My Employer Wants Me to Become a Texas Notary

Becoming a Texas notary is a noteworthy undertaking. There are many reasons why a person may apply to become a Texas notary. Some become Texas notaries to broaden their professional credentials and skills for employment. Others become Texas notaries at the request of an employer or as a service to their business clients. Law firms, shipping centers, banks, and post offices are a few of the many types of businesses that have notaries on staff.

Who pays for the notary application fee?

When an employer asks an employee to become a Texas notary, the employer may decide to pay for the employee's notary application, notary seal, supplies, and notarial record book.

Regardless of who pays for the notary commission—the notary, or the employer—the Texas notary commission, notary stamp, and notary records belong solely to the Texas notary, even if the employer paid for them.

The notary commission belongs to the Texas notary

If an employee Texas notary leaves his or her position of employment, does the employer retain the notary's commission, record book, or notary seal? Does an employer have the right to request that the Texas notary employee resign his or her Texas notary commission? "No" is the answer to both of these questions.

An employer may be under the impression that an illegal notarization performed in the future by a departing notary employee will cause liability for him or her (or the company) since the employer paid for the notary bond and commission. Therefore, employers may erroneously request that notaries resign their notary commissions; employers may also attempt to keep notary seals and records.

What to do if the employer keeps your notary commission and supplies

When the employment of a Texas notary is terminated, the notary must insist that he or she remain in possession of his or her Texas notary commission, notary seal, and notary record book . If an employer refuses to give possession of a notary's commission, records, or seal to the notary, the notary may be able to resolve the problem by following these steps:

  1. Send a letter via certified mail to the employer outlining that a notary's commission, seal, and records are the sole property of the notary public to whom they were assigned.
  2. Provide his or her former employer with a copy of this article.
  3. Include the contact information for the state notary public administrator's office with a suggestion that the employer contact the office to verify to whom the notary's seal, records, and commission belong.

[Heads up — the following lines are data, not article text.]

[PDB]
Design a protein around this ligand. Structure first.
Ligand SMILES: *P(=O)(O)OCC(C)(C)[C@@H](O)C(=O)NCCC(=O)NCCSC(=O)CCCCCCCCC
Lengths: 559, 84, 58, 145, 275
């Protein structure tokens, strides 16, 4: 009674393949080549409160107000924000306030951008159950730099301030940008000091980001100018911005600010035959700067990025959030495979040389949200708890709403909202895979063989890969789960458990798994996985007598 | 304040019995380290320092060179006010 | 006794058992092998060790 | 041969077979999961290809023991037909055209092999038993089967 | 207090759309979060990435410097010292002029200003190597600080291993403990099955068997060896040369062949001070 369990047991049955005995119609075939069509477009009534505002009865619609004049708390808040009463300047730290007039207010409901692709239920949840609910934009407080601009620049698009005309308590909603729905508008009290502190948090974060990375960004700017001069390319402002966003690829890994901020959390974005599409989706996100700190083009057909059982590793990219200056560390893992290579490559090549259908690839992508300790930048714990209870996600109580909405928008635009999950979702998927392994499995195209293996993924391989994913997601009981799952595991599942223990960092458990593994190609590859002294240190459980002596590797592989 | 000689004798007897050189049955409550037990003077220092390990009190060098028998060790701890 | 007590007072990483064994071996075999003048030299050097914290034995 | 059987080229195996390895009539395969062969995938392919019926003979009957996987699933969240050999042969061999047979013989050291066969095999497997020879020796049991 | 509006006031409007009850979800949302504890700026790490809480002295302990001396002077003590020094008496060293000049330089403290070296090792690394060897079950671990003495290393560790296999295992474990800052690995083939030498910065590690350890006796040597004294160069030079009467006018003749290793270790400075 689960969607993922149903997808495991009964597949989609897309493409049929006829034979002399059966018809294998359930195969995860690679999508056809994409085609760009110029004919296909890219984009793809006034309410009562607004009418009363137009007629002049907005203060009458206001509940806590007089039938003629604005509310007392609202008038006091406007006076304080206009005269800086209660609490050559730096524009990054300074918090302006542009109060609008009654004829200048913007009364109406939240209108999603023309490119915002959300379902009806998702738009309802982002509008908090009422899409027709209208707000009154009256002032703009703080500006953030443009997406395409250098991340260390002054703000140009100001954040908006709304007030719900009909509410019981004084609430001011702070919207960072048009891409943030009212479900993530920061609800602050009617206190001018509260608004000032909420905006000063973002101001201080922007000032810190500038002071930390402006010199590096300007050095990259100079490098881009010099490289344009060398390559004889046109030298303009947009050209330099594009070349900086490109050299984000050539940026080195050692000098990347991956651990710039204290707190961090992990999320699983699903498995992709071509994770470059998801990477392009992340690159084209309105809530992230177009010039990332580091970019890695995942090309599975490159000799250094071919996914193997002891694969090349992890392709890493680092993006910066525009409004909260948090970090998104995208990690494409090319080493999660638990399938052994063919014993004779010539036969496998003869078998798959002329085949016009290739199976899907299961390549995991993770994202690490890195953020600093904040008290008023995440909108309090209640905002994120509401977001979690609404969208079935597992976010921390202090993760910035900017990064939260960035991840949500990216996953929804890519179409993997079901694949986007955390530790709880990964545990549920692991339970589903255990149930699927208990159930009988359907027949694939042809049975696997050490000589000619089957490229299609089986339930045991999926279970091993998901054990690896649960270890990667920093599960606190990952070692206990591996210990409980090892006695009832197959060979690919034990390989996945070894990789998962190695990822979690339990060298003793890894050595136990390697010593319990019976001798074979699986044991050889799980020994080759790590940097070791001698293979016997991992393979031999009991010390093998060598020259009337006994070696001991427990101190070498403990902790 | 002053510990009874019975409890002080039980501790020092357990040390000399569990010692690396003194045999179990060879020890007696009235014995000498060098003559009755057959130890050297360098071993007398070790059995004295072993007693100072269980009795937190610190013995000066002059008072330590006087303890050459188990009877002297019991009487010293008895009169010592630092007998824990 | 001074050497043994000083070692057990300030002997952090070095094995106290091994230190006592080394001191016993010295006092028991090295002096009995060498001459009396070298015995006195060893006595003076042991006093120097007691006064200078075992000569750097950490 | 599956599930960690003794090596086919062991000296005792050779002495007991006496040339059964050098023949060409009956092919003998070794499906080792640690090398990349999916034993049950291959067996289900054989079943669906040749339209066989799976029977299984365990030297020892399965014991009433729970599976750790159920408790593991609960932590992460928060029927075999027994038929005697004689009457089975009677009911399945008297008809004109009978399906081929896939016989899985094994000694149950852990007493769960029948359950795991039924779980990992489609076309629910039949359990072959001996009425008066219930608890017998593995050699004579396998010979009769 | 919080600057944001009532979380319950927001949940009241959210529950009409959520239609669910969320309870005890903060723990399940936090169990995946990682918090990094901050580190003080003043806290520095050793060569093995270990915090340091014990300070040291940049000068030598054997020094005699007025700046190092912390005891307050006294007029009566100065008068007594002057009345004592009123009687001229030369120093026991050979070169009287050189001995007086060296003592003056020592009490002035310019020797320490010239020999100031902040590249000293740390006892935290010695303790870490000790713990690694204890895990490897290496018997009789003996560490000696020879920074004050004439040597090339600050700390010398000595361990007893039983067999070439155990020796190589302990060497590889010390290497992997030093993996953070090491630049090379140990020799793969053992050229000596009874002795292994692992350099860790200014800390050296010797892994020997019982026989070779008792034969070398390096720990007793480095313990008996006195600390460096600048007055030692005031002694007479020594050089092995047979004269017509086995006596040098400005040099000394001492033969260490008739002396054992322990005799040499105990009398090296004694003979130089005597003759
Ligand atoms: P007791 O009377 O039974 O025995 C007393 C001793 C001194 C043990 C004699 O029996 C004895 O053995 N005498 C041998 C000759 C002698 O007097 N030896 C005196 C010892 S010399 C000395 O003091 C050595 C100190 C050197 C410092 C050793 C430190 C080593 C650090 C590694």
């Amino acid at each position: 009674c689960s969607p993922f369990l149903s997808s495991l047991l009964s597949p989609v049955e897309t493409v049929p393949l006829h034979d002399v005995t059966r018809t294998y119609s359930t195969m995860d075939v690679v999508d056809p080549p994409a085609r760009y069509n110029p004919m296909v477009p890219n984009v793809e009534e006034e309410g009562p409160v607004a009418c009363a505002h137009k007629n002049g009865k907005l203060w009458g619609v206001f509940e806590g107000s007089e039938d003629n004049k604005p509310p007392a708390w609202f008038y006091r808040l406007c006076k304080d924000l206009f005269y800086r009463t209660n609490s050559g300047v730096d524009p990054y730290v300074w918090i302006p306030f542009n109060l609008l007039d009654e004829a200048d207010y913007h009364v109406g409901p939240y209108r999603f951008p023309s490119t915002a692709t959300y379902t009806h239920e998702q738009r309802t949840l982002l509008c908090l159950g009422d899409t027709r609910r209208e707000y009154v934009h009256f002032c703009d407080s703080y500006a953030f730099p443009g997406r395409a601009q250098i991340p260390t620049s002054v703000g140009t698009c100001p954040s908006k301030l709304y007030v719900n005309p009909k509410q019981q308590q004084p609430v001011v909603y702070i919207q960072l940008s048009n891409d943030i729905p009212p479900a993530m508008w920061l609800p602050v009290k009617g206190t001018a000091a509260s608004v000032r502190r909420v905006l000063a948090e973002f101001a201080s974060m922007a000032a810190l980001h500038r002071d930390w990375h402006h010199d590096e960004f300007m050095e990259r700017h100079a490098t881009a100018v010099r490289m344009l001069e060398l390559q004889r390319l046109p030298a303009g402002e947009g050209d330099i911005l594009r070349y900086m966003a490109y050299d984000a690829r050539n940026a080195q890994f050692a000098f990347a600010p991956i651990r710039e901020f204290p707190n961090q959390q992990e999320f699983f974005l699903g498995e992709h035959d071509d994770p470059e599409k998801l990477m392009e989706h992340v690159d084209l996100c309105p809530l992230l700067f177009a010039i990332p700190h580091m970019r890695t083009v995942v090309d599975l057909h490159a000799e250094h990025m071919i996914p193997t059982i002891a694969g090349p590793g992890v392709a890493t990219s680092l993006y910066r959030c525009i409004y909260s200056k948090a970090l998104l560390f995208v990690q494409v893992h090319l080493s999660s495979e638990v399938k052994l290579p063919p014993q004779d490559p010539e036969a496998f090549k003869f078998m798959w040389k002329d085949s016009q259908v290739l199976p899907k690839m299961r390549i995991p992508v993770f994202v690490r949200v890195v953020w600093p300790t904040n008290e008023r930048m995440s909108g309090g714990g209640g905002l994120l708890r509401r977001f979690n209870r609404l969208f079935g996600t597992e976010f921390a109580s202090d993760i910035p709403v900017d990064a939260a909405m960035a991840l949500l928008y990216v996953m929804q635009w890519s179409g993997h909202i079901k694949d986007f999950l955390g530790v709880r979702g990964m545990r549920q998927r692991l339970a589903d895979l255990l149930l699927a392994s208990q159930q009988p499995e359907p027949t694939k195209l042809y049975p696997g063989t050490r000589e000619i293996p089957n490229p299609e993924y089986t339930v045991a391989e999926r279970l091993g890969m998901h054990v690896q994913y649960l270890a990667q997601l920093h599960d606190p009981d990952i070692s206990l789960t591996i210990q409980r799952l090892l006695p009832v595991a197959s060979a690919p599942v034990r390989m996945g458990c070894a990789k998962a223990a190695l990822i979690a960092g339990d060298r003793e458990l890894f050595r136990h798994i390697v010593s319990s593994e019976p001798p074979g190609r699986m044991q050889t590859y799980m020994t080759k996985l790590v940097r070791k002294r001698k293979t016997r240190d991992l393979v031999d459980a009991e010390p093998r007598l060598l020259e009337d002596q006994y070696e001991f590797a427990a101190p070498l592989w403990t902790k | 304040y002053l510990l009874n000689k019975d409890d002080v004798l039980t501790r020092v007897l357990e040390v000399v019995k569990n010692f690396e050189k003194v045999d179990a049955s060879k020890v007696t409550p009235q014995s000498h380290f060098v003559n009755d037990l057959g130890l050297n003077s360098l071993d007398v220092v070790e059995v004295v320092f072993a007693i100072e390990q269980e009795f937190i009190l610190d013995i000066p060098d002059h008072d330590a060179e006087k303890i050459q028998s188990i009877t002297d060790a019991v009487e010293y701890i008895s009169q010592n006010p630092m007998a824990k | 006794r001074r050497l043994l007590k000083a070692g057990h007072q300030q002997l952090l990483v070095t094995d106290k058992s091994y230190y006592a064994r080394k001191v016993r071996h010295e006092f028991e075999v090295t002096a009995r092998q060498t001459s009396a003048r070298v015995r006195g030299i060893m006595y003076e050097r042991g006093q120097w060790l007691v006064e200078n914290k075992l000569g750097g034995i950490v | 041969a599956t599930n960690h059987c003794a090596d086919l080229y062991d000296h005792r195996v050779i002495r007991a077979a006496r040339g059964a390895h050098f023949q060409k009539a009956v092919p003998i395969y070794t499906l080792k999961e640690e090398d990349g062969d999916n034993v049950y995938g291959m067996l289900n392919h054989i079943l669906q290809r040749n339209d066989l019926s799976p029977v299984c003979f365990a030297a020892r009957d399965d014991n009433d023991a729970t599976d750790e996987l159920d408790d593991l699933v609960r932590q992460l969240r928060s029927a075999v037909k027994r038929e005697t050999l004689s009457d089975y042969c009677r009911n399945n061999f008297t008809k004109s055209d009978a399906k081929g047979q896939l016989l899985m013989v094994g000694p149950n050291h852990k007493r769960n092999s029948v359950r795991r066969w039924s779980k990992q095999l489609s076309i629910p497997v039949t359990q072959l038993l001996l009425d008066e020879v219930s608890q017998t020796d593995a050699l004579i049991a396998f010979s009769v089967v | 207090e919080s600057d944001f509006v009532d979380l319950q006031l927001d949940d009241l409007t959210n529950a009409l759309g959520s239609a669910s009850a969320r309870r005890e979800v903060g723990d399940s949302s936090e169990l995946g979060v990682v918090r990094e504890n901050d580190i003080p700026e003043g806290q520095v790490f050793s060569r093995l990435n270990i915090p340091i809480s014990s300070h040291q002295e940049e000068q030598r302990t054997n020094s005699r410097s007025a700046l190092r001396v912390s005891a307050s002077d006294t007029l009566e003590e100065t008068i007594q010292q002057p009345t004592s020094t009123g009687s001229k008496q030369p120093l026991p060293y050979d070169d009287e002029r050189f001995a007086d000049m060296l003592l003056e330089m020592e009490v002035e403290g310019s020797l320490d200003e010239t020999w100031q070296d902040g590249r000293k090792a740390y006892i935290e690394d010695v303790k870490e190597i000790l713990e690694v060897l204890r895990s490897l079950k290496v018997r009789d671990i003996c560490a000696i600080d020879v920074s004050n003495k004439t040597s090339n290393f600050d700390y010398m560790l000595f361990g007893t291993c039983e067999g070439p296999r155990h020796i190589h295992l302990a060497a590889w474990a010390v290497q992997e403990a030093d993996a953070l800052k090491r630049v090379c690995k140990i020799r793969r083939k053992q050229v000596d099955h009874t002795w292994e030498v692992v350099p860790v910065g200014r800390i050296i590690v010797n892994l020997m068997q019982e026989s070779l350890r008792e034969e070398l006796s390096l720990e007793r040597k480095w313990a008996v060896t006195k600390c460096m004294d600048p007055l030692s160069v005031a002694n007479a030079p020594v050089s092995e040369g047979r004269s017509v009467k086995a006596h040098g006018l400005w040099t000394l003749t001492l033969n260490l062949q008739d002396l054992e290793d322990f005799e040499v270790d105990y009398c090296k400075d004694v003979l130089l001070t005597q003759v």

4. Send a copy of the letter via certified mail to the notary public administrator's office.

Once the notary public administrator's office has been notified that an employer kept the notarial possessions of the notary, a Texas notary should be able to replace them and continue serving as a Texas notary.

The American Association of Notaries has been helping Texas notaries since 1994. We have helped hundreds of thousands become Texas notaries. To become a Texas notary or to renew your Texas notary commission please click here to learn how to become a notary in Texas.

Legal Disclaimer: The American Association of Notaries seeks to provide timely articles for notaries to assist them with information for managing their notary businesses, enhancing their notary education, and securing their notary stamp and notary supplies. Every effort is made to provide accurate and complete information in the American Association of Notaries newsletters. However, we make no warrant, expressed or implied, and we do not represent, undertake, or guarantee that the information in the newsletter is correct, accurate, complete, or non-misleading. Information in this article is not intended as legal advice. We are not attorneys. We do not pretend to be attorneys. Though we will sometimes provide information regarding notaries' best practices, federal laws and statutes, and the laws and statutes of each state, we have gathered this information from a variety of sources and do not warrant its accuracy. In no event shall the American Association of Notaries, its employees, or contractors be liable to you for any claims, penalties, loss, damage, or expenses, howsoever arising, including, and without limitation, direct or indirect loss or consequential loss out of or in connection with the use of the information contained in the American Association of Notaries newsletters. It is your responsibility to know the appropriate notary laws governing your state. Notaries are advised to seek the advice of their states' notary authorities or attorneys in their state if they have legal questions. If a section of this disclaimer is determined by any court or other competent authority to be unlawful and/or unenforceable, the other sections of this disclaimer continue in effect.

Texas notary bonds and errors and omissions insurance policies provided by this insurance agency, the American Association of Notaries, Inc., are underwritten by Western Surety Company (established 1900). American Association of Notaries is owned by Kal Tabbara, a licensed insurance agent in Texas.